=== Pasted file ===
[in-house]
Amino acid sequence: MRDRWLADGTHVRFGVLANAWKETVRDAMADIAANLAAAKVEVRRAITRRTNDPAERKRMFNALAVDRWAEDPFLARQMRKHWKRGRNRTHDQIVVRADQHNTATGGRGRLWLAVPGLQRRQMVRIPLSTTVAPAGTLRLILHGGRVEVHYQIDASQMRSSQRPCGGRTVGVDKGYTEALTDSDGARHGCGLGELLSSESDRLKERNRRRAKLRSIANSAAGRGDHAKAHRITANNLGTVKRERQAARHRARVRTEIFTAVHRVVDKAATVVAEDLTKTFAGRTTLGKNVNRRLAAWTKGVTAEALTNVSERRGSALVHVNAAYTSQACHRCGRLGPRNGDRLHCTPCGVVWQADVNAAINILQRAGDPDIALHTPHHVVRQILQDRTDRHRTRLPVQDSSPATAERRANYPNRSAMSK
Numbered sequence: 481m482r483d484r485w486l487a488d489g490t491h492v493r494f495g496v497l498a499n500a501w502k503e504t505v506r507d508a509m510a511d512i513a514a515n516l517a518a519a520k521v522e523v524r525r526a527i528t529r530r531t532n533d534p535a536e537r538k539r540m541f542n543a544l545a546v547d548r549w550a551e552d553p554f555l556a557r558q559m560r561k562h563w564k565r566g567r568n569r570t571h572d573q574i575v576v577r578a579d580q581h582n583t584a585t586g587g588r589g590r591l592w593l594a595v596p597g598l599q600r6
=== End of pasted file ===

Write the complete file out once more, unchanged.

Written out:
[in-house]
Amino acid sequence: MRDRWLADGTHVRFGVLANAWKETVRDAMADIAANLAAAKVEVRRAITRRTNDPAERKRMFNALAVDRWAEDPFLARQMRKHWKRGRNRTHDQIVVRADQHNTATGGRGRLWLAVPGLQRRQMVRIPLSTTVAPAGTLRLILHGGRVEVHYQIDASQMRSSQRPCGGRTVGVDKGYTEALTDSDGARHGCGLGELLSSESDRLKERNRRRAKLRSIANSAAGRGDHAKAHRITANNLGTVKRERQAARHRARVRTEIFTAVHRVVDKAATVVAEDLTKTFAGRTTLGKNVNRRLAAWTKGVTAEALTNVSERRGSALVHVNAAYTSQACHRCGRLGPRNGDRLHCTPCGVVWQADVNAAINILQRAGDPDIALHTPHHVVRQILQDRTDRHRTRLPVQDSSPATAERRANYPNRSAMSK
Numbered sequence: 481m482r483d484r485w486l487a488d489g490t491h492v493r494f495g496v497l498a499n500a501w502k503e504t505v506r507d508a509m510a511d512i513a514a515n516l517a518a519a520k521v522e523v524r525r526a527i528t529r530r531t532n533d534p535a536e537r538k539r540m541f542n543a544l545a546v547d548r549w550a551e552d553p554f555l556a557r558q559m560r561k562h563w564k565r566g567r568n569r570t571h572d573q574i575v576v577r578a579d580q581h582n583t584a585t586g587g588r589g590r591l592w593l594a595v596p597g598l599q600r6